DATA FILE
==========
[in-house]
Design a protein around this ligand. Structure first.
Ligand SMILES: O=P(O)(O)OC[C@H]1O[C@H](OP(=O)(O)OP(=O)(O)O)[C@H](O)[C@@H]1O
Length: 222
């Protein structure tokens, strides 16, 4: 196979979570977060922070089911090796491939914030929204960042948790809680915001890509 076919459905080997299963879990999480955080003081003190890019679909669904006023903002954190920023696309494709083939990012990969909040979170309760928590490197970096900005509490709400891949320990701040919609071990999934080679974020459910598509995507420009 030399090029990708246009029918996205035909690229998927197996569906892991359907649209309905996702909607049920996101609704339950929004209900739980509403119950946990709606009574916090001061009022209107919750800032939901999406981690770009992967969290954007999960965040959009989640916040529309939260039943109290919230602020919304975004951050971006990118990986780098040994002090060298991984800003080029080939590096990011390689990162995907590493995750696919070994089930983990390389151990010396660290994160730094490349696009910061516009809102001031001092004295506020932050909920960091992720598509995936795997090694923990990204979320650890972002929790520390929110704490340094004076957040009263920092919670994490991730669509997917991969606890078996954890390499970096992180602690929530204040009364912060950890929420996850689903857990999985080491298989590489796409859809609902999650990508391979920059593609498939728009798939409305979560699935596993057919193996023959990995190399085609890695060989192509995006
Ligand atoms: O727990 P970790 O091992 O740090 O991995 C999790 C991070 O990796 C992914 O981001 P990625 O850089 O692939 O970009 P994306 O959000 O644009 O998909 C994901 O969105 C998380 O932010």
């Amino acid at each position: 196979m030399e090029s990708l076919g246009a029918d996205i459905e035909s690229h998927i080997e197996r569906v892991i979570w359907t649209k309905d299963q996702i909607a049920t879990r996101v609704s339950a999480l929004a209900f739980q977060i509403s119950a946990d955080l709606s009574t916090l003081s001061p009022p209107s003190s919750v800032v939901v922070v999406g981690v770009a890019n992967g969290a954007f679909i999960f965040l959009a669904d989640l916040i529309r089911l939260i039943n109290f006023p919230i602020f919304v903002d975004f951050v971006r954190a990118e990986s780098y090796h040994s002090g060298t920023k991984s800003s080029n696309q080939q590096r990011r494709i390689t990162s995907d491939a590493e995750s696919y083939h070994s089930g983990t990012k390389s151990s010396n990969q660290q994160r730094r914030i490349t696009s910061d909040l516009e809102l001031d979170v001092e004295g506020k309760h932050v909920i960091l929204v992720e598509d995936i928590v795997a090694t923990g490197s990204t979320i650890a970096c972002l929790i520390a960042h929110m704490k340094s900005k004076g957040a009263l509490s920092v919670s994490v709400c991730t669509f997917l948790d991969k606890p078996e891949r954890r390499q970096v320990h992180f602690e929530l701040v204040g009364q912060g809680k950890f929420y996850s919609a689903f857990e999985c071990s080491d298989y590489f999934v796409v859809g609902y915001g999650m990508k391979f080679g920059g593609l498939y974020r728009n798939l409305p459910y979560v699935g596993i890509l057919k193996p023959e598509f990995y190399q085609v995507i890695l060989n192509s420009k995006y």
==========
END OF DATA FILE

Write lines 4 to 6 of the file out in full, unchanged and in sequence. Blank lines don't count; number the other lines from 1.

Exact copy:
Length: 222
């Protein structure tokens, strides 16, 4: 196979979570977060922070089911090796491939914030929204960042948790809680915001890509 076919459905080997299963879990999480955080003081003190890019679909669904006023903002954190920023696309494709083939990012990969909040979170309760928590490197970096900005509490709400891949320990701040919609071990999934080679974020459910598509995507420009 030399090029990708246009029918996205035909690229998927197996569906892991359907649209309905996702909607049920996101609704339950929004209900739980509403119950946990709606009574916090001061009022209107919750800032939901999406981690770009992967969290954007999960965040959009989640916040529309939260039943109290919230602020919304975004951050971006990118990986780098040994002090060298991984800003080029080939590096990011390689990162995907590493995750696919070994089930983990390389151990010396660290994160730094490349696009910061516009809102001031001092004295506020932050909920960091992720598509995936795997090694923990990204979320650890972002929790520390929110704490340094004076957040009263920092919670994490991730669509997917991969606890078996954890390499970096992180602690929530204040009364912060950890929420996850689903857990999985080491298989590489796409859809609902999650990508391979920059593609498939728009798939409305979560699935596993057919193996023959990995190399085609890695060989192509995006
Ligand atoms: O727990 P970790 O091992 O740090 O991995 C999790 C991070 O990796 C992914 O981001 P990625 O850089 O692939 O970009 P994306 O959000 O644009 O998909 C994901 O969105 C998380 O932010």